Yajaira Gonzalez previously worked at a grocery store, but decided she wanted to pursue a more professional job that could set her up for a stable career. During her internship, she worked with the department’s training administrator to record what types of licenses water department employees had based on data from the Texas Commission on Environmental Quality. She also learned how to help compile monthly budget reports and other business documents. She also used the department’s asset management system, Cartegraph, to help track the work of operations field crews in Arlington.

She does similar work since being hired full time as an Administrative Secretary for Operations at the South Service Center.

“I wanted more experience; I didn’t know what to expect at first. I feel really comfortable here,” Yajaira says.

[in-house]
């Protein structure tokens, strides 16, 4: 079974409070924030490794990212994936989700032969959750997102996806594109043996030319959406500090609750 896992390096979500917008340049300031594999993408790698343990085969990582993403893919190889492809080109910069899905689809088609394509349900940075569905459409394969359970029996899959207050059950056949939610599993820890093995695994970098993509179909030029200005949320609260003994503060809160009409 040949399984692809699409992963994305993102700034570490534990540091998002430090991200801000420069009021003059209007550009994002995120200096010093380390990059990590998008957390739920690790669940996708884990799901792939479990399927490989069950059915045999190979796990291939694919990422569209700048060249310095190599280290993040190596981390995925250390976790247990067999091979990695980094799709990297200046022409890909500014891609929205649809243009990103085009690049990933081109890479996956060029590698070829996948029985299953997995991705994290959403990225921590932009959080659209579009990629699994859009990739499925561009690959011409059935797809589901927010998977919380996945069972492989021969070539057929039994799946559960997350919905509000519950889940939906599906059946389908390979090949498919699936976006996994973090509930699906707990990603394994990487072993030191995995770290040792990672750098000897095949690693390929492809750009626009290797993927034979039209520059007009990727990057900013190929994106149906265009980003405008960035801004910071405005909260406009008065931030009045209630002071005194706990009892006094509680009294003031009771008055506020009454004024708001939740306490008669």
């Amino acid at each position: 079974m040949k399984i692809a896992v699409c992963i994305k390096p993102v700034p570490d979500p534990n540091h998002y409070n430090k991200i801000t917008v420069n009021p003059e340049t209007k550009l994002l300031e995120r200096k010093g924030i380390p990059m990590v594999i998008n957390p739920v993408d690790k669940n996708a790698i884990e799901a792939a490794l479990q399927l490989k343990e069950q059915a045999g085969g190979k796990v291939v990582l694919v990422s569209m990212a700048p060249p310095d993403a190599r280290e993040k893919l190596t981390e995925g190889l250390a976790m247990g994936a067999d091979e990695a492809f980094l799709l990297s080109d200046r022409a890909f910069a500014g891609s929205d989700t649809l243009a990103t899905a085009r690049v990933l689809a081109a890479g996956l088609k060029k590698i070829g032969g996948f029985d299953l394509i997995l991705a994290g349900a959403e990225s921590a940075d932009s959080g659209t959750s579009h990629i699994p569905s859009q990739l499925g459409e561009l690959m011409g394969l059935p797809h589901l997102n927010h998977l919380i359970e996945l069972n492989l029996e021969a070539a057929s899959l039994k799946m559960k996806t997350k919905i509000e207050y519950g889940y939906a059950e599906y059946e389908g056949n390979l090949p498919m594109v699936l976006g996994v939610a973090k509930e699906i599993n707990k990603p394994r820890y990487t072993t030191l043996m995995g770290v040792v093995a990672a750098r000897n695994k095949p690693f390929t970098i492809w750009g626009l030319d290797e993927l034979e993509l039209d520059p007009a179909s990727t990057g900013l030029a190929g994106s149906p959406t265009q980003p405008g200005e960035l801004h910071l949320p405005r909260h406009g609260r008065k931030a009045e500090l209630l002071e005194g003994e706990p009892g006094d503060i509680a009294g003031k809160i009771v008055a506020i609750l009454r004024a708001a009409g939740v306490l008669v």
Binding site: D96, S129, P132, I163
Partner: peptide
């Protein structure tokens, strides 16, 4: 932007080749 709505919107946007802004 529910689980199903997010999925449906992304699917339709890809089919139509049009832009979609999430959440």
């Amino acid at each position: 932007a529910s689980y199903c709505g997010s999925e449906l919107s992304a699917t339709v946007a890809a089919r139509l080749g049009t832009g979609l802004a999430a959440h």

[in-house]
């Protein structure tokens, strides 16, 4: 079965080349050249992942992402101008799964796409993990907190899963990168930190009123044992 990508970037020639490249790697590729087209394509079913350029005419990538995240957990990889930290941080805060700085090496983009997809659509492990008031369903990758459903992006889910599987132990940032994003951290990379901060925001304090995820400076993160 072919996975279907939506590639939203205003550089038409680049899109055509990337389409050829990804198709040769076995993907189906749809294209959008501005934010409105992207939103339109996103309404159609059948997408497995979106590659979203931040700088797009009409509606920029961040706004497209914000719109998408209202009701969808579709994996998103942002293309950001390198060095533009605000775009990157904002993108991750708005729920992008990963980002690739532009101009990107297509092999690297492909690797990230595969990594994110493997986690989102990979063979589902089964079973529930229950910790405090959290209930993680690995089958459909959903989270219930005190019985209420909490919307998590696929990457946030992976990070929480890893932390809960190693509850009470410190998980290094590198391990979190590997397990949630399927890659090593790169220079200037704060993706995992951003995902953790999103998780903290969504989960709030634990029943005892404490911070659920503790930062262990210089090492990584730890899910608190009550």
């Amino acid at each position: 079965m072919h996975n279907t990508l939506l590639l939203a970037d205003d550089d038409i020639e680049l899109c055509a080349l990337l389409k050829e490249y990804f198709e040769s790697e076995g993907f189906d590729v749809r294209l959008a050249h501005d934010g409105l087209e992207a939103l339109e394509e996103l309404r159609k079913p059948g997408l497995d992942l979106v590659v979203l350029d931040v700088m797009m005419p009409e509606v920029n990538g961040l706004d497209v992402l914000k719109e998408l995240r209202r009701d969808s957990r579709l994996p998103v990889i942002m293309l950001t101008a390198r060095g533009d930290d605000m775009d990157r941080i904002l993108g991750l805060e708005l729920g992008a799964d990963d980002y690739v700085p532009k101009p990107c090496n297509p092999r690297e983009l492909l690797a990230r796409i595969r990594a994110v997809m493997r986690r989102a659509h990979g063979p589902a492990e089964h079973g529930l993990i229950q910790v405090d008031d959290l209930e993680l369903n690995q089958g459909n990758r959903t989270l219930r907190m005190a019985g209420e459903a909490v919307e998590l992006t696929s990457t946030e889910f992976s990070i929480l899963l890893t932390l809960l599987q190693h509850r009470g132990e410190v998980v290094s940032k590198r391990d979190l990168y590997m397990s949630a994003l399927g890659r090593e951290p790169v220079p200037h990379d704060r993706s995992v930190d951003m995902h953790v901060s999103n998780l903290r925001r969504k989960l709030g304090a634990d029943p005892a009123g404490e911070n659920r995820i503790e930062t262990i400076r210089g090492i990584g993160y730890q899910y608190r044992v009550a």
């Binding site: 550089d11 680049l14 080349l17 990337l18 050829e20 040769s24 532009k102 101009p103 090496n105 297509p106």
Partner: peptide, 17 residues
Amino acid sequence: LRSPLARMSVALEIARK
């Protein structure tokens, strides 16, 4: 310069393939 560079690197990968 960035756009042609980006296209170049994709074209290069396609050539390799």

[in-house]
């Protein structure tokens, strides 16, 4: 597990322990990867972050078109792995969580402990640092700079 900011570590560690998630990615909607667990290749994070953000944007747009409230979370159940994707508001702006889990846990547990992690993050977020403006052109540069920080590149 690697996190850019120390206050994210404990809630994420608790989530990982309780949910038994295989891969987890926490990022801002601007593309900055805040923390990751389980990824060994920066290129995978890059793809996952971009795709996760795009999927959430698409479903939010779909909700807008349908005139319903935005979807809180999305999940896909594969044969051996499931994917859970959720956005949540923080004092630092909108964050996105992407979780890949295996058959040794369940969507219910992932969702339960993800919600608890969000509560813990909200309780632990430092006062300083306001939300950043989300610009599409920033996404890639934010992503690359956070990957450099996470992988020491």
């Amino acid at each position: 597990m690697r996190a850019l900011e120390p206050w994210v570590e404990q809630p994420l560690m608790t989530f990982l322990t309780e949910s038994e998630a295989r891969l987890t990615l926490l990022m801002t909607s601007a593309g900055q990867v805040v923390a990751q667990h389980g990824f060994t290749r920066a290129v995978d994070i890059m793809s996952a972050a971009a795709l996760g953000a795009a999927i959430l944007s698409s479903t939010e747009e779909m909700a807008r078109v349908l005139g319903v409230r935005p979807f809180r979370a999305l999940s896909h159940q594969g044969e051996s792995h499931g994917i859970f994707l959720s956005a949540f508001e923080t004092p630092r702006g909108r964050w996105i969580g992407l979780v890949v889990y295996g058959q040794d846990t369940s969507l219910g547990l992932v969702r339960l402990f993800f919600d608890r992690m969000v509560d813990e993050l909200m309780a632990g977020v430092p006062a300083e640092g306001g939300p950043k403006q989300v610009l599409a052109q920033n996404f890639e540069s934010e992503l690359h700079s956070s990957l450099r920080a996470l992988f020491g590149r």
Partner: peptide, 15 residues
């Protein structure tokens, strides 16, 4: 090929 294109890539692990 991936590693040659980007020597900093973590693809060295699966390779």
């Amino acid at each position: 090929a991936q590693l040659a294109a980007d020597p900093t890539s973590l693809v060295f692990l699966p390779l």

Stewart and Yajaira say they’re grateful to everyone involved in the internship partnership, including managers and employees at Arlington Water Utilities and Workforce Solutions.

“I’m just glad our career counselors thought of us when this internship came up,” Stewart says.

If you or someone you know is looking for a job, some guidance, or even a fresh start in their career, please contact Workforce Solutions for Tarrant County through any of these methods:

• Find them on our social media: Facebook, Twitter, Instagram, and LinkedIn
• Sign up for email and text alerts at: https://workforcesolutions.net/contact-us/#alerts
• Call their main number: 817.413.4000 (Monday through Friday 8 a.m. to 5 p.m.)
• Email us at: info@workforcesolutions.net
• Or message them on our web chat and a live representative will be happy to help you. www.workforcesolutions.net (Monday through Friday 8 a.m. to 5 p.m.)